dently fearing to pass the blazing barrier. As, how1 ever, to stop would have been fatal, I dashed on, but
GLEANINGS IN BIBLIOGRAPHY. before I had proceeded twenty yards, my old hunting RESEARCHES into the origin of the names applied to mule, singed and smoking, was at my side, and the the various forms of written or printed documents have others close behind her.
often engaged the attention of the curious—they have *On all sides I was surrounded by fire. The whole afforded matter for ingenious speculation to the antiscenery was illuminated, the peaks and distant ridges quary, and given to the zealous bibliopole frequent Į being as plainly visible as at noonday. The bottom was opportunities a roaring mass of flame, but on the other side, the
painfully to pore upon a book prairie being more bare of cedar-bushes, the fire was
To seek the light of truth.' less fierce, and presented the only way of escape. To reach it, however, the creek had to be crossed, and the The Hebrew word sepher throughout the Scriptures is bushes on the banks were burning fiercely, which ren- generally translated book; it might, however, with equal dered it no easy matter; moreover, the edges were truth, be rendered writing, deed, tract, or pamphlet. coated above the water with thick ice, which rendered in the Septuagint the translation is biblos, and in the it still more difficult. I succeeded in pushing Panchito | Vulgate libellus. Dr Clarke quotes from an old version into the stream, but in attempting to climb the opposite of the Bible, supposed to be earlier than Wickliffe'sbank, a blaze of fire was puffed into his face, which Who ever schal leeve his wiif, geve he to her a ly bel ; caused him to rear on end, and his hind feet flying away that is, a lytil book of forsakynge.' The libelli— little from him at the same moment on the ice, he fell back- books—are said to have first appeared about the comwards into the middle of the stream, and rolled over me mencement of the Christian era; and the term libellus in the deepest water. Panchito rose on his legs, and was applied to many religious and legal documents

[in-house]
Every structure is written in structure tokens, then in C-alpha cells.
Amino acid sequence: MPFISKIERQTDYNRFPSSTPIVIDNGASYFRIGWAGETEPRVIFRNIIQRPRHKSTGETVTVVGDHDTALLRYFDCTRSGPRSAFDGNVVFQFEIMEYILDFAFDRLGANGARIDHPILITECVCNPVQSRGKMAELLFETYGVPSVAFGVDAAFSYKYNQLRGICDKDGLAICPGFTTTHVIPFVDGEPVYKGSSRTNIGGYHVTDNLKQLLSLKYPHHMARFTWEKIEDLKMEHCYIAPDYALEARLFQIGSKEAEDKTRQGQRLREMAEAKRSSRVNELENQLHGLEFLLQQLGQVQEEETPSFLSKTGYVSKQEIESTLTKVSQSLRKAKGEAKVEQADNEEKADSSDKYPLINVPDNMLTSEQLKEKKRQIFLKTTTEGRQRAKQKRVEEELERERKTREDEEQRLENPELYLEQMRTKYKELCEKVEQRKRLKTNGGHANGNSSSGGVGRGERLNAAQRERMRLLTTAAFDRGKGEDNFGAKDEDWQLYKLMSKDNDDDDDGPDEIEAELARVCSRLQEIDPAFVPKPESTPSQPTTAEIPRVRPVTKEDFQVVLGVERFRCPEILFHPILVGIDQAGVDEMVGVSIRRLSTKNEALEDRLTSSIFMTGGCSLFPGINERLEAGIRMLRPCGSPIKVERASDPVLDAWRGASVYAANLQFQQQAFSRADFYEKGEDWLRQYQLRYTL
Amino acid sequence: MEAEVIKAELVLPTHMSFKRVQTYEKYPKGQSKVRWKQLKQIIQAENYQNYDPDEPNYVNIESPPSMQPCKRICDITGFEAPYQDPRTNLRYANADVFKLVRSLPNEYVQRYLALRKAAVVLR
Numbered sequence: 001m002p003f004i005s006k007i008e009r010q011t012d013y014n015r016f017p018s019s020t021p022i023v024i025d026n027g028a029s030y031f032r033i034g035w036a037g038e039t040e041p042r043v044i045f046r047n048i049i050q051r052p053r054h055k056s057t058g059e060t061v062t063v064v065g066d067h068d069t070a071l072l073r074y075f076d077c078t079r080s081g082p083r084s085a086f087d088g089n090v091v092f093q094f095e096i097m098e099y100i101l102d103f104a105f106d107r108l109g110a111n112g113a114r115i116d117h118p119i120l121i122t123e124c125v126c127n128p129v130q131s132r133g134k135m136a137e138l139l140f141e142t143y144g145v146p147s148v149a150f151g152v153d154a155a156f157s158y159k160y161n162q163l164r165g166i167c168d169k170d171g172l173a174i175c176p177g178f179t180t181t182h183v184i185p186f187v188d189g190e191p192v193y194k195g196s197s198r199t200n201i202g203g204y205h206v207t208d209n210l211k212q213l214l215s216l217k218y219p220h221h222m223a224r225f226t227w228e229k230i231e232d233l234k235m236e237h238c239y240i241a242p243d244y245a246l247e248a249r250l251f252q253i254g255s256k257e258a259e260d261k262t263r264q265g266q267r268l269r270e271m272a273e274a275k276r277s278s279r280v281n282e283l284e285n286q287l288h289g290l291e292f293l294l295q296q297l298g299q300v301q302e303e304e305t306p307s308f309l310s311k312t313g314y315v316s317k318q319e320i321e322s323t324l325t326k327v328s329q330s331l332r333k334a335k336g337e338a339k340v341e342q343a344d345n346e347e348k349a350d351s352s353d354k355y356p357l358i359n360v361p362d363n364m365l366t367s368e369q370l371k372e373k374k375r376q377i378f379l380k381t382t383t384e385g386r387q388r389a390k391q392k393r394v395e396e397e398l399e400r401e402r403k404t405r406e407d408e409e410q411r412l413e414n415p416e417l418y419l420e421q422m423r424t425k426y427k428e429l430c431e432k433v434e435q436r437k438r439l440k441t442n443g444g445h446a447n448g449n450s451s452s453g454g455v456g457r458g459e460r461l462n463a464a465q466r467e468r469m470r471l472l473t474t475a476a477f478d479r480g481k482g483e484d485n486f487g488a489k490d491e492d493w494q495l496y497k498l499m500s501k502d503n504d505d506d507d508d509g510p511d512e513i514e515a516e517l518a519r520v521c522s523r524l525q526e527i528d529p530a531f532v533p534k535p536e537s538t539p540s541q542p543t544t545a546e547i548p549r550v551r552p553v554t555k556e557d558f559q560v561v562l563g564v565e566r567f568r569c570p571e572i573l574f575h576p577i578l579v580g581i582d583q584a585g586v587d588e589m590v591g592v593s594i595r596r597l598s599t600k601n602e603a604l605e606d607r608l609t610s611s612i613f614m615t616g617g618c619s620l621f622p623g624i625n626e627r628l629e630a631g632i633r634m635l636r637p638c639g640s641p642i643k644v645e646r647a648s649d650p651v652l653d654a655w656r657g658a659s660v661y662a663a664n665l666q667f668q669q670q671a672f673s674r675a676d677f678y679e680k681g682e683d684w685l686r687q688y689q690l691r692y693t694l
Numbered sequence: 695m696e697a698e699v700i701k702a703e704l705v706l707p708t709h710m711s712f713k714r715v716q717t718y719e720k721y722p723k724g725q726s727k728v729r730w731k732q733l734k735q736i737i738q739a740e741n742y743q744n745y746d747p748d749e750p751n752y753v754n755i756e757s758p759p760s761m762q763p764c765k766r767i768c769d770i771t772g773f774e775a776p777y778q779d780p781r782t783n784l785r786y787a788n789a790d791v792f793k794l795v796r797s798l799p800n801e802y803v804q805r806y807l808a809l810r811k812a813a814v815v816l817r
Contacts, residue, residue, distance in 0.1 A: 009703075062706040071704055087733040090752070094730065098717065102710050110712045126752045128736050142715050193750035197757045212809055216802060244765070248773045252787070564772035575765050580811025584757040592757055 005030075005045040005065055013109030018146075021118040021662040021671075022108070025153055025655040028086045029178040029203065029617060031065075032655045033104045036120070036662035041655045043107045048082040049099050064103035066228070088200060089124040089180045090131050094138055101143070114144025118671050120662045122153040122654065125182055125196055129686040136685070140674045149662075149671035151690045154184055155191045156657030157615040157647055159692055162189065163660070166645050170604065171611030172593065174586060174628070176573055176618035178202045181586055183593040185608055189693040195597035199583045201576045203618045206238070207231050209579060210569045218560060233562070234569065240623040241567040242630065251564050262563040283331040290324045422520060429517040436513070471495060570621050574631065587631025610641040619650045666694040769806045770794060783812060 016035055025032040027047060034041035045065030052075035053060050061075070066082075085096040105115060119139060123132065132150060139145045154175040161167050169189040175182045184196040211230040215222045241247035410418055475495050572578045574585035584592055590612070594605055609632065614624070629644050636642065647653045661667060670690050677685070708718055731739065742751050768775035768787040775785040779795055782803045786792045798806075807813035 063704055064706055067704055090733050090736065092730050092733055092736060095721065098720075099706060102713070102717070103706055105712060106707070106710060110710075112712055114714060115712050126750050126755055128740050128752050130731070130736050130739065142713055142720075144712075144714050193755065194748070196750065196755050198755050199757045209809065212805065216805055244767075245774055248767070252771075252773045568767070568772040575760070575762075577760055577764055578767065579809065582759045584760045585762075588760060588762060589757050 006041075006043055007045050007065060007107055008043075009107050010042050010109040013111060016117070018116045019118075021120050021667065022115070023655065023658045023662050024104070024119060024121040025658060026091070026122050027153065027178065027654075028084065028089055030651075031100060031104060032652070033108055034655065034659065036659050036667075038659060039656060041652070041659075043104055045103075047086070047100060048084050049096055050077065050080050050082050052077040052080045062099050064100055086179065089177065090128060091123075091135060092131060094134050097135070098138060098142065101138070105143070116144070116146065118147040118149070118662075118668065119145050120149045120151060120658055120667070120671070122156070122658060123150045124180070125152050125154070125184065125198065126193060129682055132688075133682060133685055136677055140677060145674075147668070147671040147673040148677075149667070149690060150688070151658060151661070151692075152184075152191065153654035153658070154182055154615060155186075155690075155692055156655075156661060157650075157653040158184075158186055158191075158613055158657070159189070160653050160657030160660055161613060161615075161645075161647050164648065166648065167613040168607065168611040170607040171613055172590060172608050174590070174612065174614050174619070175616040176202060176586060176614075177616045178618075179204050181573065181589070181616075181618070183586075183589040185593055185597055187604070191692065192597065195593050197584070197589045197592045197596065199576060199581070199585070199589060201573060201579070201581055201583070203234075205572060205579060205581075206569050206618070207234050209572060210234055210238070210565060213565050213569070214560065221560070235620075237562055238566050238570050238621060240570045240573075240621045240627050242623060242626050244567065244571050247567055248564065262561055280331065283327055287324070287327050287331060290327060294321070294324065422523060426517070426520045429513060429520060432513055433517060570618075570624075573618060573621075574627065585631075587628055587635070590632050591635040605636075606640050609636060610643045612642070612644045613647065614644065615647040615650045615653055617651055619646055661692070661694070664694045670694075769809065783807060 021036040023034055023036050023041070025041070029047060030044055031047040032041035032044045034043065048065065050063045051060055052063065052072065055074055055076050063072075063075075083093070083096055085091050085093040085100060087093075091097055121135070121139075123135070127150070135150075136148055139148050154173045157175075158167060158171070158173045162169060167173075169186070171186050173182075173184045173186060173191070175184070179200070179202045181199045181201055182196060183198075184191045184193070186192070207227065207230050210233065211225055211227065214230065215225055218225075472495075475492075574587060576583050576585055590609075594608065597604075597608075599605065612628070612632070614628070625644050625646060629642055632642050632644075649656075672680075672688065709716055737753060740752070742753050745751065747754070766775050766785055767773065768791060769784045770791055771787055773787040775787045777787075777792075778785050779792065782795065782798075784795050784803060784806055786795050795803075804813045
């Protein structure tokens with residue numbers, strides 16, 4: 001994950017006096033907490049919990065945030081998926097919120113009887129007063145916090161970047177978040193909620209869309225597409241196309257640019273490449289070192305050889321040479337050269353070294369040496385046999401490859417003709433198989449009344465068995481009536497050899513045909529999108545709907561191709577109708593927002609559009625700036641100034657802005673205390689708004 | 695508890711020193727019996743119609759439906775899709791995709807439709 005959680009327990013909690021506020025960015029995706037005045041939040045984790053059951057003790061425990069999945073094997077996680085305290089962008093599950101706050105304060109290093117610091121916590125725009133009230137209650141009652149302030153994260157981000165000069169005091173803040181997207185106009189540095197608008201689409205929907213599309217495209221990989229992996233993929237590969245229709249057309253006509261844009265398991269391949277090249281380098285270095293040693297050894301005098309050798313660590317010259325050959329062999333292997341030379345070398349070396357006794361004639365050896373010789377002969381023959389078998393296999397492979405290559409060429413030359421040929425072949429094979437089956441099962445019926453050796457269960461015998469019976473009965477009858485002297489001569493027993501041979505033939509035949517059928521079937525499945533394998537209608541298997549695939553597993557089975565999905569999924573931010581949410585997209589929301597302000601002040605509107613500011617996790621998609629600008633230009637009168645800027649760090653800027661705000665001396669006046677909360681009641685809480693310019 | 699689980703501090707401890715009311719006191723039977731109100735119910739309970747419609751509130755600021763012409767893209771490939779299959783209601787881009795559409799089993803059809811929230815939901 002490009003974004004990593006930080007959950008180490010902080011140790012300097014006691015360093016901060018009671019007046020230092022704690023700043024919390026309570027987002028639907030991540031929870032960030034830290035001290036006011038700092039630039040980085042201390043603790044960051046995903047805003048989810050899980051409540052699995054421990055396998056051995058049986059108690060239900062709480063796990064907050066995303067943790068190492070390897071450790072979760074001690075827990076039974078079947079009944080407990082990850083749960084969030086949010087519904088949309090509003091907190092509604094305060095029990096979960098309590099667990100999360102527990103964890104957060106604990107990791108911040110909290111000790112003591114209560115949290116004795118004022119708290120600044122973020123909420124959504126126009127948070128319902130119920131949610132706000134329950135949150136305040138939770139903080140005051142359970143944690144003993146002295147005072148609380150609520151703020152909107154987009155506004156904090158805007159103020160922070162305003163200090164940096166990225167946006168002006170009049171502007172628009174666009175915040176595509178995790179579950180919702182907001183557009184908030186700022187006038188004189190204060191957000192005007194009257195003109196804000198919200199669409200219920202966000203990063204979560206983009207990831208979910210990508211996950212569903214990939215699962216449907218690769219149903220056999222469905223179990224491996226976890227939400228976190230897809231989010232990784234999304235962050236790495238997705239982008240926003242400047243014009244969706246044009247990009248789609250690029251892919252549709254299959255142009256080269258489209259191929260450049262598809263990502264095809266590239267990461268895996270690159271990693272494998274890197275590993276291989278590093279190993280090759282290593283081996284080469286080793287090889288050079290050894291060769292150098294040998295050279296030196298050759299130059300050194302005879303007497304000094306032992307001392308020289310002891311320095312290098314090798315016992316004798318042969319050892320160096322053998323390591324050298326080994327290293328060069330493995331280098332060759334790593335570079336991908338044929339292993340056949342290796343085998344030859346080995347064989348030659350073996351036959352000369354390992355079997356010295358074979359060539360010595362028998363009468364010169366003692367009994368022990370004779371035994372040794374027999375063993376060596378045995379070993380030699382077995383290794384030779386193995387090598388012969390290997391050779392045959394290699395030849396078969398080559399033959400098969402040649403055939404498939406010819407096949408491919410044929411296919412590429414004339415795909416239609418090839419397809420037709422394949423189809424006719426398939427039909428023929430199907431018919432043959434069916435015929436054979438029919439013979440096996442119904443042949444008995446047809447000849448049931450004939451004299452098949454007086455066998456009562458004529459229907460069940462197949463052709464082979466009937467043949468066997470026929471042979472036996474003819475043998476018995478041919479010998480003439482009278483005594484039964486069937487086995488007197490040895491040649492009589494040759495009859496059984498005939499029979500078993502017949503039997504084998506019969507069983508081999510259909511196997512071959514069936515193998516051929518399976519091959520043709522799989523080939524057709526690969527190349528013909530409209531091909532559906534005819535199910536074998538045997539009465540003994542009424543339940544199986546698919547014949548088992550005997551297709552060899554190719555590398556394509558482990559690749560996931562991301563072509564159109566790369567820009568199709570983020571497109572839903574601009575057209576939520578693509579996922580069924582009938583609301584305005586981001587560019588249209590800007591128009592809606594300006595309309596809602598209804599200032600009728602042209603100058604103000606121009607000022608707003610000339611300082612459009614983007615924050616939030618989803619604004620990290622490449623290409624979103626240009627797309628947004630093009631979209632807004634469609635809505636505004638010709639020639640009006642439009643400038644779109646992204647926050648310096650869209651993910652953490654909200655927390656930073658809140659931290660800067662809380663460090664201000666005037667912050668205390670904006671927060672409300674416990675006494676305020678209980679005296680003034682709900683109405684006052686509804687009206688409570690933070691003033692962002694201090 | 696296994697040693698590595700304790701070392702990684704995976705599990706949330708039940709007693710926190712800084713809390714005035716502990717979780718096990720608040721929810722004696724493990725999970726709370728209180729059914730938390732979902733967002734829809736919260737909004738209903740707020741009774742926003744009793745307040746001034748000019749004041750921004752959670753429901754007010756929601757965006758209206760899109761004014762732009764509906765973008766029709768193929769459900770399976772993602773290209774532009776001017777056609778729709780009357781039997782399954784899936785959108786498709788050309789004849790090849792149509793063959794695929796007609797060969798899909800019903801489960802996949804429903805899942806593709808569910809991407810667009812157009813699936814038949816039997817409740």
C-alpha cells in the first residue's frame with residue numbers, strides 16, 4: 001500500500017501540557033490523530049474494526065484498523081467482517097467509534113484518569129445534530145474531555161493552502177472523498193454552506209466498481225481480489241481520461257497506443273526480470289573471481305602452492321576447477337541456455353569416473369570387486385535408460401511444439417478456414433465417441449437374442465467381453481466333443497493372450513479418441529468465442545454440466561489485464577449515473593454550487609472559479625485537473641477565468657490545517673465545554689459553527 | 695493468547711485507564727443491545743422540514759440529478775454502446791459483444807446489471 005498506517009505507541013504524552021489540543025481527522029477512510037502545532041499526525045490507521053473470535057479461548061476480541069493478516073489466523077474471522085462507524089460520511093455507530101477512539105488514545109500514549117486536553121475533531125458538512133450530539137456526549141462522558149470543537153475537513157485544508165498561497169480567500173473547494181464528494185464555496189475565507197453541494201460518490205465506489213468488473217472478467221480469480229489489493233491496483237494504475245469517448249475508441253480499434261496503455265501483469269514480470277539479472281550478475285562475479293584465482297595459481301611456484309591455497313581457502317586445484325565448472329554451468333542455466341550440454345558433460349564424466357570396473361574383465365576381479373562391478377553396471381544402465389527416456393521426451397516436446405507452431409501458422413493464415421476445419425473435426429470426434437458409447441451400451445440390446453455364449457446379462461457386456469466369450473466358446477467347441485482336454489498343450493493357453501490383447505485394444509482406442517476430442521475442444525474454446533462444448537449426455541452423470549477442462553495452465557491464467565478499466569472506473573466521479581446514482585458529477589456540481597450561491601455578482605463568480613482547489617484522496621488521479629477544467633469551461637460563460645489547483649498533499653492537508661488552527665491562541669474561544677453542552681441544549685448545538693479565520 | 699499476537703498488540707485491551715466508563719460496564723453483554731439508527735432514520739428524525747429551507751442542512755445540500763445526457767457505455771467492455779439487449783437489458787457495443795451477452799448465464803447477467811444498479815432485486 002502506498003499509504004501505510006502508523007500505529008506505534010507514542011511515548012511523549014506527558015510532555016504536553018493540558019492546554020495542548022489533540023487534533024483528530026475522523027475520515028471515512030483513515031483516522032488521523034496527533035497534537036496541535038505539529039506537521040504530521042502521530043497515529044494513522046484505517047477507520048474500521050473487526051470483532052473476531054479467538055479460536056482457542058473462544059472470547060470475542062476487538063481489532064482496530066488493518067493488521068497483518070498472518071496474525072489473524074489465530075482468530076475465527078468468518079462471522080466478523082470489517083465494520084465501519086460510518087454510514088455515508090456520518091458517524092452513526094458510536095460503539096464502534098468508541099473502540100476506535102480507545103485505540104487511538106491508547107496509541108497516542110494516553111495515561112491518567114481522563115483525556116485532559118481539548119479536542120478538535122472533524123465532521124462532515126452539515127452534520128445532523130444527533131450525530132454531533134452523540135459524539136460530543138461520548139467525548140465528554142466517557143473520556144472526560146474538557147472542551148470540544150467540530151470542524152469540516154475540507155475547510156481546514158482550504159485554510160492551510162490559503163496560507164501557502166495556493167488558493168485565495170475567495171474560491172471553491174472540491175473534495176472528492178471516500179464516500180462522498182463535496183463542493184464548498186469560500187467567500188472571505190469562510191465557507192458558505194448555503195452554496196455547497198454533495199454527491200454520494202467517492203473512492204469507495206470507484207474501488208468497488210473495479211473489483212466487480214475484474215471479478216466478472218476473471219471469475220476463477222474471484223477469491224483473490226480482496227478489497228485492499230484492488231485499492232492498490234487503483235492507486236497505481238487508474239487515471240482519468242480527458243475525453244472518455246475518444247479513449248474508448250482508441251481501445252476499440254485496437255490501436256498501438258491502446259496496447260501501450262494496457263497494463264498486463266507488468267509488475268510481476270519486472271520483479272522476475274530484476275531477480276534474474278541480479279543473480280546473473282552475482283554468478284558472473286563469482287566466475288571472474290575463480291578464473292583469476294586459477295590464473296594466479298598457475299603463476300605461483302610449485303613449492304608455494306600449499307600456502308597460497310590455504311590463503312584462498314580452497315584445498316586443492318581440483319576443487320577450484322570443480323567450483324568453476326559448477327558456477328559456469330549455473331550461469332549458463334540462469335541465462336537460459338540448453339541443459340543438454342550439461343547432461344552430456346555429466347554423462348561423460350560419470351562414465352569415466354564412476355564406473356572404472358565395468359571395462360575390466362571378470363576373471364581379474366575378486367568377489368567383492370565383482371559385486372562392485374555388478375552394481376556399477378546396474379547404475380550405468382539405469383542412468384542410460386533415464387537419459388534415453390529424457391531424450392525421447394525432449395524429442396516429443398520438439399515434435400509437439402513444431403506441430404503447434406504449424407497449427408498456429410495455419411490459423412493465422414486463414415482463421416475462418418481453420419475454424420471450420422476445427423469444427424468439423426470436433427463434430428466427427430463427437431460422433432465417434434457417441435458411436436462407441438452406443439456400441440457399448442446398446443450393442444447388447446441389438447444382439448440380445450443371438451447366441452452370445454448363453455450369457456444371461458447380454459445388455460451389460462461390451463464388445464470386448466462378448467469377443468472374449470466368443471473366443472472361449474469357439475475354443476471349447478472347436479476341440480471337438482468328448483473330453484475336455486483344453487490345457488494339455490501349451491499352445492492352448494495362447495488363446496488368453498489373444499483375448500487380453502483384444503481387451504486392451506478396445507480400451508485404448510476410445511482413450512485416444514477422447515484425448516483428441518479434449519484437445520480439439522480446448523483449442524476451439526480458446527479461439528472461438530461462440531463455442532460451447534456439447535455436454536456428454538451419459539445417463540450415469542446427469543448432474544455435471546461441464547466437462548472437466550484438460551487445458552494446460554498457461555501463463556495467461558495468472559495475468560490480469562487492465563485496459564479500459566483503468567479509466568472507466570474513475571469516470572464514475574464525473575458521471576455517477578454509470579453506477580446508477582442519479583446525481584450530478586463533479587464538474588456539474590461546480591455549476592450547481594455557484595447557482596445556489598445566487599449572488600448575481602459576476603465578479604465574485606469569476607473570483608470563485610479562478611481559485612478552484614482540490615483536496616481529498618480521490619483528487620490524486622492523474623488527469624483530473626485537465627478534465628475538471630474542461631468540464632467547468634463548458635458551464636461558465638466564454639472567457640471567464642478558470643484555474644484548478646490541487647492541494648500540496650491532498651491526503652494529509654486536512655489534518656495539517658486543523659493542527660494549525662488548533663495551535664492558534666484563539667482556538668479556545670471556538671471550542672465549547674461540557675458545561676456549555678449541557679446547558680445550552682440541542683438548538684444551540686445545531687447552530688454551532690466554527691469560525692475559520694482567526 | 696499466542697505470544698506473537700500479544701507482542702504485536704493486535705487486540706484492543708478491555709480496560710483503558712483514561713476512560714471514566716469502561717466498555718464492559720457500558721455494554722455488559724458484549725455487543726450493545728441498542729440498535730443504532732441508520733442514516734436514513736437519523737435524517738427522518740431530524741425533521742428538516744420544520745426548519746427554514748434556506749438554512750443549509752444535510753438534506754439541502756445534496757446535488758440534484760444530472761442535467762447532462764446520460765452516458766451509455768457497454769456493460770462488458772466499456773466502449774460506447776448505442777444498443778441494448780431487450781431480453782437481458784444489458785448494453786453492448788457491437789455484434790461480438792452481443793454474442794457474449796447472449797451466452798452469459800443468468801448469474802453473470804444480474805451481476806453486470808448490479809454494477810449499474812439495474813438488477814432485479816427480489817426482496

stood trembling with affright in the middle of the stream, libellus poenitentialis—libellus famosus. į whilst I dived and groped for my rifle, which had When tracts first came into existence, they were
slipped from my hands, and of course sunk to the bot- mostly confined to religious subjects: their name is | tom. After a search of some minutes I found it, and derived from the Latin tractatus, something drawn out,